Newspaper Archive of
The Florala News
Florala , Alabama
March 2, 1972     The Florala News
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March 2, 1972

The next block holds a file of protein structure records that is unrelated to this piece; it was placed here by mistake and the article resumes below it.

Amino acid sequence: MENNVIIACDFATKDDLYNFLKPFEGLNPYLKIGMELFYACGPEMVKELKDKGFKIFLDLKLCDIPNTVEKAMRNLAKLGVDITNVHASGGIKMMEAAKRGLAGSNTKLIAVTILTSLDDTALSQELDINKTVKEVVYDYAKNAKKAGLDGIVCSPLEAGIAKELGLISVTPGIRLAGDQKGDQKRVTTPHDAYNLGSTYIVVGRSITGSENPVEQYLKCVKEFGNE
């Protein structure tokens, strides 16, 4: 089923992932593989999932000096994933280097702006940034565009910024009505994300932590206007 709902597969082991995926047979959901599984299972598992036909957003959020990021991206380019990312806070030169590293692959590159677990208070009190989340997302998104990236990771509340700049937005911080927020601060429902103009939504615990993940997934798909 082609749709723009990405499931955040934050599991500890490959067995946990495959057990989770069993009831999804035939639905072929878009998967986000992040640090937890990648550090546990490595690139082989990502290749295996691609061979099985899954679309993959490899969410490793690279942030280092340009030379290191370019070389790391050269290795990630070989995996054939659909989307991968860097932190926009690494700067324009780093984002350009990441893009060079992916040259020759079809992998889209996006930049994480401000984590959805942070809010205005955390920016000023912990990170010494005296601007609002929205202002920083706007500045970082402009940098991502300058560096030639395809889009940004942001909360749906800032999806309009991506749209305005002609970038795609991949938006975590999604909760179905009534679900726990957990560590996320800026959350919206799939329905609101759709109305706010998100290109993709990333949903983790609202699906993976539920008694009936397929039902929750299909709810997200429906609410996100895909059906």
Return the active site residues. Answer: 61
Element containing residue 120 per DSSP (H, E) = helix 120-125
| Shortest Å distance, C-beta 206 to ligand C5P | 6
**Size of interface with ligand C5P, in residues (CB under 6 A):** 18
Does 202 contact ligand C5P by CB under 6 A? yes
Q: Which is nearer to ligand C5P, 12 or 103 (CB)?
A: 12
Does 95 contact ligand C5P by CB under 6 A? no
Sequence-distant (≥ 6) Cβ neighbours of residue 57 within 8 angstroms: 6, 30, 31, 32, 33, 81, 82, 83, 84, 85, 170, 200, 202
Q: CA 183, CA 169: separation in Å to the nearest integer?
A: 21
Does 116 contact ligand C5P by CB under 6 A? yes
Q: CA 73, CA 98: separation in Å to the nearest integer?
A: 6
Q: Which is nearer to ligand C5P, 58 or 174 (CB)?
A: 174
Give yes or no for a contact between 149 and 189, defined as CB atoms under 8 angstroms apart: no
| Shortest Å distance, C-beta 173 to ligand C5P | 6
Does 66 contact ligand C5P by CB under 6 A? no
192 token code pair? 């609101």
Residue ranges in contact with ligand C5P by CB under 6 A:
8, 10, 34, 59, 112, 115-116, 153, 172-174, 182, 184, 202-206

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IMAGE ©SMALLTOWNPAPERS, INC. ALL CONTENT COPYRIGHTED• ALL RIGHTS RESERVED• USE SUBJECT TO LICENSE AGREEMENT. REPRODUCTION, DISSEMINATION, STORAGE, DISTRIBUTION PROHIBITED. PAGE 6 0 0 • BETA CLUB SPONSORS TALENT SHOW The Florala High School Beta Club will sponsor a school- wide talent show to be held on March 28 during a school as- sembly. Auditions will be held on an earlier date that will soon be announced. The talent show will have four categories: dance, vocal, in- Strumental, and dramatic. Au- ditions will be held separately for each category. Those in- terested in performing in a cer- tain category should check pos- ters placed in the halls or con- tact members of the Beta Club for the specific time and place of the audition. The entire student body of Florala High is invited to par- ticlpate in this talent show and is encouraged to help make it a big success. With everyone's help, we know this will cer- tainly be a highlight of this school year. GIVE... so more will live HEART FUND IF YOU FOUND AN EUSTA- CHIAN TUBE, WHAT WOULD YOU DO WITH IT? SAXON WAGNER "I'd try to find the person who lost it. They might need it!! ALFRED RUTHERFORD- "I'd throw it away. I don't need a spare." VIRGINIA PETRITSIS - "Make sure it was empty!!" BO CARAWAY - "Put it in my room with my collection." MARY KATHRYN MITCHELL- "Give it to Mr. Wallace. He's always wanting things to ex-, pertinent with. PAUL MADDOX - "Put it in my aquarium. PHILLIP JOHNSON "Clean it out." GWEN KELLEY - "If I found an Eustachian tube I'd pro- bably faint." BOBBY SMITH - "I would pro- bably use it to hold up my pant s." RONNIE GAMBLE - "Put it in Jerry Coones' locker." CLAYTON SMITH - "Run from it." GREGORY ROBINSON - "Any- body's guess." JACQUELINE SMITH "Put it in the want ads." PEGGY HART - "l would first of all, find out what an Eus- tachian tube is." NEAL STRICKLAND - "I'd put it in one of my ears so that I could have super hear- ing and hear everything." KATHY JACKSON "I'd try to find the poor deaf person it belongs to." I A TEACHER IS DOWN I ! ON YOU WHEN... By Joyce Harrison One of the most remarkable differences found in the change from elementary and junior high schools to high school was the at- titude of the teachers. I remember the good ol' read- ing, writing and arithmetic days. There was always some teacher constantly keeping us on the right track. They would always tell us how unprepared we would be for high school, if we didn't study more. In looking back, I can see how they demanded our interest in their subjects. It really bugged them to have an insolent, un- responsive student. It was easy to find out if a teacher didn't like your attitude. You could tell a teacher was really down on you when: (1) she always singled you as the cause of disturbances in a class, when you were rows away from the commo- tion; (3) the only words spoken to you by her were sarcastic re- marks or threats. There were more agonizing tortures, but only these examp- les were given because of the lack of space. l was sufficiently prepared scholastically for high school, but I was totally unprepared mentally. After eight years of having someone to tell me how to study, when to play, and where THE FLORALA NEWS-THURSDAY, MARCH to go - I now had no one but myself. High school teachers expected me to work and, there- fore, felt no need to get down on me. After all, it was their job to teach mine to learn. Having had a great deal of experience in high school life, I feel I can safely say that the two things high school has given me are the ability to think individually and to make my own decisions. THE FLU EPIDEMIC By Carrie Savage Have you had that "Thing" That they call the flu? I'm sure you have And I have, too! Your poor head aches And your temperature soars Your throat gets dry And your poor ears roar. You crawl into bed, Too sick to die You start those pills And the hours drag by. You try to eat, But soup fails the test Your mother says "drink" And Coke tastes the best. Your eyes can't take TV, And you surely can't read So you just lie and think Of the assignments you need. After nearly a week Your temperature gives And, who knows, You may even live! DO TEACHERS TO HEAVEN?? FLETCHER GIBSON .I they go to heck. STEVE STRAUGHN - eyes of Milton, the Paradise of NEAL STRICKLAND fuse to answer on that I may be failed. KENNETH VAUGHN" on what they teach. ARTHUR TEW - No,'. seen one there yet. LINDA POPPELL - can't hack it. JERRY TAYLOR - the lounge. GARY WOODHAM ° Strickland (Paradi TERRY BROOKS - to the big lounge SHIRLEY SAVAGE - heaven and take WILLIE BASS - I Thomas does. JEROME WOODHAM they teach English JIMMY THOMPSON on what you call PAM BULLARD - grow on pine trees? JANIE HAMMOND - li dad will but I about the rest MR. ODOM - Only ter the great beyond and we the pearlie gate to the keeper "Tell me dear gate, have any chefs passed this and only then will know! THESE FHS CHEERLEADERS deserve compliments on the fine Job they did in decorating the gym for the area tournament last week, FHS Wildcat Band Recommended For State Saturday, February 19, was the date of the District VIII band contest in Andalusia, Ala- bama. This is an annual event for all bands in this district that wish to participate. The Floz:ala High School band was one of 16 bands that was in- volved this year. The purpose of the district contest is to determine which bands will participate in the State Contest. ]'he ludges eval- uate each band and give either a yes or no. Two yesses are required before a band can at- tend the state contest. Of the 16 participating bands, only 6 received the required 2 yesses, only 3 of these bands received the recommendation of all three judges. The Florala High School Band was one of these. Three distinguished musi- cians served as judges. They were Lacey Powell, Director of Bands, University of South Alabama; Dr. Bill Walls, Direc- tor of Bands, Auburn University; and Dr. John Kendrick, Band Director at Columbus High School, Georgia. The music that the FHS band performed was: Marche Lor- raine, by Louis Ganne; Fantasy for Band, by Frank Erickson; and Die Meistersinger, by Ri- chard Wagner. Many favorable comments were made about the band by the judges. The per- formance Saturday is truly something to be proud of. The Alabama State Band Fes- tival will be held in Tuscaloosa in April. Mr. Maddox is plann- ing to take the band to per- form its music for ratings. The band is working hard under the able direction of Mr. Tom Maddox to insure a Superior performance. Sweetheart Ball Big Success The annual FFA and FHA Sweetheart Bali was held Fri- day night, Feburary 18th, in the Florala High School cafeteria. Chaperones for the ball were Mr. and Mrs. Marion Mickel- son, Mrs. Inez Moulton, Mr. Charles Stevenson, Mrs. Mil- dred Kendrick, and Mr. W. F. Rasberry. The lunchroom was beautifully decorated in red and white hearts, cupids, and streamers. Servers for the Sweetheart Ball were Charlette Moulton, Wanda Hamilton, and Belinda Stevens. Records and the mixer were conducted by Terry Bul- ger, a member of FFA. Kathy Anderson and Glenn Taylor, the Sweethearts, were presented gifts by Larry Hamilton and Charlotte Gilmore. Kathy re- ceived a gold locket from the FFA boys and Glen received a set of gold cuff links from the FHA girls We would like to give spe- cial thanks to all FFA members, for their help in decorating. Also we would like to thank Kathy Anderson, Charlotte Gil- more, and all other members for their help toward making the Sweetheart Ball a big suc- tess. DRESS CODE NEWS Recently, Mr. Charles Stevenson appointed a student dress code committee. These students were to represent their classmates and make several recommendations to him for a new dress code. The commit- tee met several days during the third period last week. The suggestions made are not final but will be considered by a group of parents and tea- chers. After completion of the dress code, the revised dress code will then be brought be- fore the Covington County Board of Education. The Board will consider all the suggested dress codes of the schools in the county system and then will make a final draft which will be enforced in the schools next school term. THIS WEEK'S EPISODE: MILTON'S MASSACRE I "Hey, Percy! You look like you just crawled out from un- der the covers, and here it is already fourth period. Have you been watching all those new late movies or something?'" "Naw, I just got through with economics." "Oh, yeah, I know what you mean. Class gets sort of slack when those big basketball tour- naments roll around." "Coach had half the class working on the preparations, so I caught a few winks." "I used my time to study "Paradise Lost". I need all the help I can get with that thing." "You ain't just whistling Dix- ie! That stufrs so deep you need a life jacket just to keep your head up." "I'll say this much, that Mil- ton was one smart dude. Do you realize that he got up and started studying and reading ev- ery morning and worked way into the night?" "That's nothing. I have to do that just to pass English." "But he went blind!" So what? Half my teachers are, too. But that doesn't mean they read and study." "Well anyway he still had a head on his shoulders. The way he wrote seems like code or something." "Fellow, companion of mine, massive hulk in yond passage- way beholdth you not? Abolish- ment of strenous labor tasks does this Titan, so of Mop, of use make; now even bent upon the endeavor, of free choice, he rakes the filth and muck to its hidden craddle; from our sight to keep." "How's that?" "I said that Robert Harrelson is sweeping the dirt under the mats in the hall again." "Gee, I guess there's a little Milton in all of us." "~orry, I just 'can't see' it that way." MRS. SMITH AND A P.E. CLASS is shown about to begin the hike each of her classes took o~e day last week. Different routes to downtown and to the lake were taken by each class. e IS a I There's really no way to avoid the emotional strain it causes. But there is a way to avoid the financial strain death causes. You can buy funeral insurance. That's what thousands of Alabamians are doing. In fact, about two out of every three people who die in Alabama each year are covered by funeral insurance. And the Brown- Service Funeral Policy issued by Liberty National Life Insurance Company is the most popular policy of this type sold in Alabama. Here are three facts you might want to know about the Brown-Service Funeral Policies. Reasonable Premiums The premium to the policyholder is based on the actual cost of providing a funeral. A subsidk ry company of Liberty National has invested more than a million dollars in a casket factory which uses tile latest, and most efficient methods and machines in order to reduce the cost of caskets to the minimum consistent with high quality. Caskets used in Brown-Service funerals are manufactured in this factory and furnished by the company at cost so that the policyholder gets the benefit of a wholesale price. The Funeral Director who services Brown- Service Funeral Policies is able to furnish his services at a reduced price because of the steady volume of prepaid business which his ' contract assures him. Lers take an average situation to illustrate what a policy costs. If you are 27 years old, your wife is 25, and you have two small children, ages 5 and 2, you can buy four policies, paid up in I0 years for only 52.13 a week. Each policy will provide a 5600 funeral. The most you can pay is Sl,108. And the total retail value of the four funerals to be provided is $2,400. That's more than twice as much as the most you can pay. You're actually purchasing benefits at a wholesale price. If death should occur before the policy is paid up, no further premiums are paid. And you get all the benefits of the policy. Benefits if death occurs in Alabama The policyholder will get a complete funeral consisting of: Transportation to the funeral home up to 35 miles, embalming, preparation for burial, casket, burial suit or dress, the services of an experienced Funeral Director, a place for holding the memorial service, and transportation to the place of interment up to 35 miles. In the event a move expensive funeral is desired, the authorized Funeral Director will give credit for the full retail value of the policy on the cost of the funeral selected. Nearly 200 le:lding Funeral Directors in Alabama are authorized to service the • Brown-Service Funeral Policy. Your Liberty National agent will be happy to supply you a list of them. Benefits if death occurs outside of Alabama The policy will pay a cash benefit as specified in the policy. On older policies the cash benefit is half the retail value and on currently issued policies it is two-thirds of the retail value. If you don't have a Brown-Service Funeral Policy, see your Liberty National agent. He'll explain how easily you can have this most basic of all insurance. It's the easiest way for you to help your family do the hardest thing they'll ever have to do. LIFE INSURANCE COMPANY HOME OFFICE: BIRM INGHAM, ALABAMA See Your Local Representatives